adolescent boys supported each other and promoted alternative ideas for being
male quite at odds with the mainstream of their public high schools. Forswearing
conventions of hierarchy and harshness, emotional constriction and narrow self-in-
terest, boys drew inspiration from their Jewish families, organizations and religious
schools to forge strong ties to each other and to express their struggles and emo-
tions. In so doing, they exhibited a capacity to resist what they critiqued as a de-
graded status in favor of what one boy described as “the root of everything that,
like, makes us human” (Reichert & Ravitch, 2010, p. 24).
Way’s studies (2011) have underscored the commonplace resistance manifest in
boys’ friendships within a culture that actively works against male connections.
Despite more stereotypic images of boys’ relationships as shallow, action-oriented
or troubled, she reported finding deep bonds, loyal support and expressive shar-
ing among many boys: “Boys who have been portrayed in popular culture as more
interested in shooting each other than in sharing their thoughts and feelings spoke
to us about male friendships that “you feel lost without,” about “deep depth”
friendships, and about wanting friends with whom you “share your secrets,” “tell
everything” and “get inside” (2004, p. 182). Boys, she concluded, “regularly resist
conventions of masculinity; and peers, particularly close male friends, often pro-
vide support for such resistance” (p. 45). Schools and the institutions of boyhood
too often operate, according to Way, on the basis of thin culture explanations, rep-
resenting conventional ideas, while boys themselves, especially during early ado-
lescence, live in the “thick of it” (2011, p. 25).
Still another researcher, Judy Chu, has studied boys’ relationships at different
ages using similar “voice-centered” methodologies (2000; 2004). In a longitudinal
study among elementary age boys, she detailed how sensitive to the peer and in-
stitutional demands of masculinity young boys are, making deliberate “compro-
mises” in their identities to avoid going against the grain of masculine norms. In a
separate study of adolescent boys, she identified two general patterns for how boys
respond to these masculine pressures. Some boys “internalize” societal definitions
of masculine ideals, even “to the detriment of one’s own sense of self” (2004, p.
100). Such boys not only hold back in order to fit in; they can even come to evalu-
ate themselves, sometimes mercilessly, against this unrealistic masculine standard.
In the second pattern, boys are better able to “shield themselves” from these ex-
ternal pressures and to establish senses of self that are more confident and inde-
pendent. Those exhibiting this second pattern typically enjoy relationships with
REICHERT & NELSON
other boys with whom they can talk honestly, find validation and exchange sup-
port. She concluded that their “experiences of being validated and valued in rela-
tionships appear to be key to boys’ resistance and resilience” (2004, p. 101).
These studies afford glimpses of a naturally-arising opposition to the historic
terms of boyhood and encourage us to identify the conditions which make boys’ re-
sistance more likely, durable and substantive. New (2001), who proposed that
“emancipatory interests” in gender change arise for males in their experience of
“systematic mistreatment” within the standard curriculum, supports a fundamen-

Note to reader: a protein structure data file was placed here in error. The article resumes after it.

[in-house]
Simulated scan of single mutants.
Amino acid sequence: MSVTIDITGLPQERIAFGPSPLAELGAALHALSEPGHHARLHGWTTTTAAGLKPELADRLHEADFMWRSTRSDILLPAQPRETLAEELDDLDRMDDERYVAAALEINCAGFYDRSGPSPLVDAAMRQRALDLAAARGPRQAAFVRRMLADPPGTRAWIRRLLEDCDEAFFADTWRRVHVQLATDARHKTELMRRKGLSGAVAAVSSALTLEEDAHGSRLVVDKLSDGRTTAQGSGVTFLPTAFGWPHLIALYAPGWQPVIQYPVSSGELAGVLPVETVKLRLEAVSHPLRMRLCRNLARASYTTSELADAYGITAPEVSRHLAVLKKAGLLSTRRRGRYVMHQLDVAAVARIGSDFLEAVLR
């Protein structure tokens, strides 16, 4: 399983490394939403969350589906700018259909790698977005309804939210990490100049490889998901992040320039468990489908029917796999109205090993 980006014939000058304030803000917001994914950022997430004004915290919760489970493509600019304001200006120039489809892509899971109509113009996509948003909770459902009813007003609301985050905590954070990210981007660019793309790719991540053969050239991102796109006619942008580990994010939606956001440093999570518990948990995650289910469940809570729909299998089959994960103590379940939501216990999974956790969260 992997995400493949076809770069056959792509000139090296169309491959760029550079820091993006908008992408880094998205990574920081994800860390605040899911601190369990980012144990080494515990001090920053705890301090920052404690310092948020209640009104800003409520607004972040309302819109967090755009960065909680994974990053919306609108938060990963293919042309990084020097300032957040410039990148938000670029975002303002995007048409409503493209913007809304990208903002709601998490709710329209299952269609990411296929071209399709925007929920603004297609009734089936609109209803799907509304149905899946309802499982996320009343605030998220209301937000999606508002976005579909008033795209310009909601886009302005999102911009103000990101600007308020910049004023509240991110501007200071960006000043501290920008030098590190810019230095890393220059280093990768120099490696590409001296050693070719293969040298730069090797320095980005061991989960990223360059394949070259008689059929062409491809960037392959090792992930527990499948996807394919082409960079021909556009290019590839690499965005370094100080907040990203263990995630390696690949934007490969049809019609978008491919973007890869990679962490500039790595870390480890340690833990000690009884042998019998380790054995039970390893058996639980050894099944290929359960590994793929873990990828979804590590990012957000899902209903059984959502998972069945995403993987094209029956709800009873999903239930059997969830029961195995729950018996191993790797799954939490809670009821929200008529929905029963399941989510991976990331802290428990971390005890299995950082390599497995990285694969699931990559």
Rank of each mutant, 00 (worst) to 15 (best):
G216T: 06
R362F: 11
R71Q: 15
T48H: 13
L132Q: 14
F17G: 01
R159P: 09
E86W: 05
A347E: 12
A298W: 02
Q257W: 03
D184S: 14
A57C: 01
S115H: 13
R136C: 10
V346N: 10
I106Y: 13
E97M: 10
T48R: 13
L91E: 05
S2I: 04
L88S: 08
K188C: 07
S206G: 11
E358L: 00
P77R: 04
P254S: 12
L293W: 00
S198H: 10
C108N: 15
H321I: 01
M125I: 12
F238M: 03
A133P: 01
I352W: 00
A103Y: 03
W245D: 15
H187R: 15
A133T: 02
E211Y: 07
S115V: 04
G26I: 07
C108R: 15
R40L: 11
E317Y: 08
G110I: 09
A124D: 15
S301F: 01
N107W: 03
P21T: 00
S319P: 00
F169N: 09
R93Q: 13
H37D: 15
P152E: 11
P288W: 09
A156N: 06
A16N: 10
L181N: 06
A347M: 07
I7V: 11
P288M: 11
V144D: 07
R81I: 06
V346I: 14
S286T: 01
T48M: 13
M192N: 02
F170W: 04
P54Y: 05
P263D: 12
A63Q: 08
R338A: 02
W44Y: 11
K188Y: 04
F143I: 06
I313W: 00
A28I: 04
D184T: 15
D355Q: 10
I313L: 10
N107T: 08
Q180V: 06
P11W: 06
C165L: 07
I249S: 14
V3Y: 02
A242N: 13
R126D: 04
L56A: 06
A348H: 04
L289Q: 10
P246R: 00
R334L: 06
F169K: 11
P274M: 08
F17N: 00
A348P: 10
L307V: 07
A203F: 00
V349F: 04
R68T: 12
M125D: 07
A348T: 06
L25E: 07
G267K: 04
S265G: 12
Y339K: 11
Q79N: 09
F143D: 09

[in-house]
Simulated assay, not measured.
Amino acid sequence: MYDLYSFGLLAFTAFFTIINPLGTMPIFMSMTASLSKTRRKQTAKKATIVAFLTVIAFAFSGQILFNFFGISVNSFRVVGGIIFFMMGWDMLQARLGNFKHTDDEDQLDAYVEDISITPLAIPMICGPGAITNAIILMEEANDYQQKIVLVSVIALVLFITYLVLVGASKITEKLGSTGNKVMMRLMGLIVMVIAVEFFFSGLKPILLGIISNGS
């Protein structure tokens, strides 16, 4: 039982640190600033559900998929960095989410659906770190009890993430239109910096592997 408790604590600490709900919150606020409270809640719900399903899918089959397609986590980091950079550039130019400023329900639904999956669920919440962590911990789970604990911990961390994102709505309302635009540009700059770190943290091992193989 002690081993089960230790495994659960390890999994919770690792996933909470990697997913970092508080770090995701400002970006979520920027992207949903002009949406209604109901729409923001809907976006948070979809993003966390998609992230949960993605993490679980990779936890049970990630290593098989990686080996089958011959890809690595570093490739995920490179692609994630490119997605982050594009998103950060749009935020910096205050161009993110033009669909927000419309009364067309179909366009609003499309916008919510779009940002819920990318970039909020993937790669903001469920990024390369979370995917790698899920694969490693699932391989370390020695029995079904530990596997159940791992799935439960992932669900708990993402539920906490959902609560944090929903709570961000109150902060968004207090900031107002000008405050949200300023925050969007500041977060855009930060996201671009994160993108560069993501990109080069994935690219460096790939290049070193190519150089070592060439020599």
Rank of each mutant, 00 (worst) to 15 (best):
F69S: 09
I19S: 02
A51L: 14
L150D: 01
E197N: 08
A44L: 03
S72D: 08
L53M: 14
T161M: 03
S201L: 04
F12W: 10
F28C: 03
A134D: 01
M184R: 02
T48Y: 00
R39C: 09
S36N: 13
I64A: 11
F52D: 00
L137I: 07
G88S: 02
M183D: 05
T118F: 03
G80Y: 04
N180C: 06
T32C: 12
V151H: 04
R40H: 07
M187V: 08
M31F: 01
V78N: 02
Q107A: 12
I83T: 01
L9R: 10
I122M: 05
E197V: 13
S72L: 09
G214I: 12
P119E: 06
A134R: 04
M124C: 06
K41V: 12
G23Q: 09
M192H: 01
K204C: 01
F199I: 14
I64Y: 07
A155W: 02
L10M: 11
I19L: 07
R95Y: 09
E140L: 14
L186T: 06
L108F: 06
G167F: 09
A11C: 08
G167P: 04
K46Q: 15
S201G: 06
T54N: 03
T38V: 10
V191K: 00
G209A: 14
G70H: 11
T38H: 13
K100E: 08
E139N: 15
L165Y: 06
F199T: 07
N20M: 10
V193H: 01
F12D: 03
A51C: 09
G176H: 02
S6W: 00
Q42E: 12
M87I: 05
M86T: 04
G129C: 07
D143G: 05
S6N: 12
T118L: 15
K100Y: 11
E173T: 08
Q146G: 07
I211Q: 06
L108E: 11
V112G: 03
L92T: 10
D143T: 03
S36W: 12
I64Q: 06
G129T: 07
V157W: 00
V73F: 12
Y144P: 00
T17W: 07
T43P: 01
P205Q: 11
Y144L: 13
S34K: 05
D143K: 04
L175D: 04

tal faith in boys’ good sense. Connell (1986; 1995) detailed these interests more
specifically—connection to females that inclines males to resist collusive mas-
culinities; personal discomfort with their own lives; and, a more general commit-
ment to social justice—encouraging the view that boys’ resistance for their own
sakes as well as for the sake of those they love might become compelling. Just as
Chu (2000) proposed two patterns in boys’ reactions to school masculine pressures,
one internalizing and another shielding, Ward’s research on Black girls also dis-
tinguished between two kinds of resistance: actions taken “for survival”, in which
laying low and avoiding the most punishing sanctions of gender policing are pri-
mary; and those that are “for liberation”, more likely when youth find sufficient
community support to take more collective, organized stands (Ward, 2000). Brown
and Gilligan (1992) made the original distinction, between “psychological” resist-
ance in which adolescents give up on “what they know,” take themselves “out of
relationship” and trade off having their experiences understood in return for being
accepted; and “political” resistance in which conflict with others is unavoidable
(1990, p. 271).
For Gilligan, the “overwhelming desire for human connection—to bring one’s
own inner world of thoughts and feelings into relationship with the thoughts and
feelings of others” (1990, p. 275), animates children’s struggles against restrictive
gender conventions and makes their resistance to gendering pressures “indelibly
political” (2011, p. 157). Way’s focus on friendships carries this model into a con-
sideration of boys’ development and locates their resistance to a boyhood that
“forces them to be figures of a masculine imagination rather than human beings
with a range of beliefs, feelings, and thoughts about their worlds” (2011, p. 45). Yet
we must be realistic about what we regard as resistance that amounts to something
more than “the logic of deviance, individual pathology, learned helplessness (and
of course genetic explanations) and…the logic of moral and political indignation”
(Giroux, 1983, p. 107). As boys shield themselves against the losses and pressures
of masculinity, many react with aggression, violence and self-defeating refusal, re-
actions ably met in schools and in societies with a growing arsenal of behavioral di-
agnoses and interventions. Even as the casualties mount in families, schools and
communities, we cannot take comfort in such deviance and acting out. As common
as such self-defeating behaviors are, we suggest that healthier forms of resistance
are every bit as ordinary.
In our study of urban adolescent boys of color from the most impoverished, vio-
lent communities, attending some of the most under-resourced schools in the tri-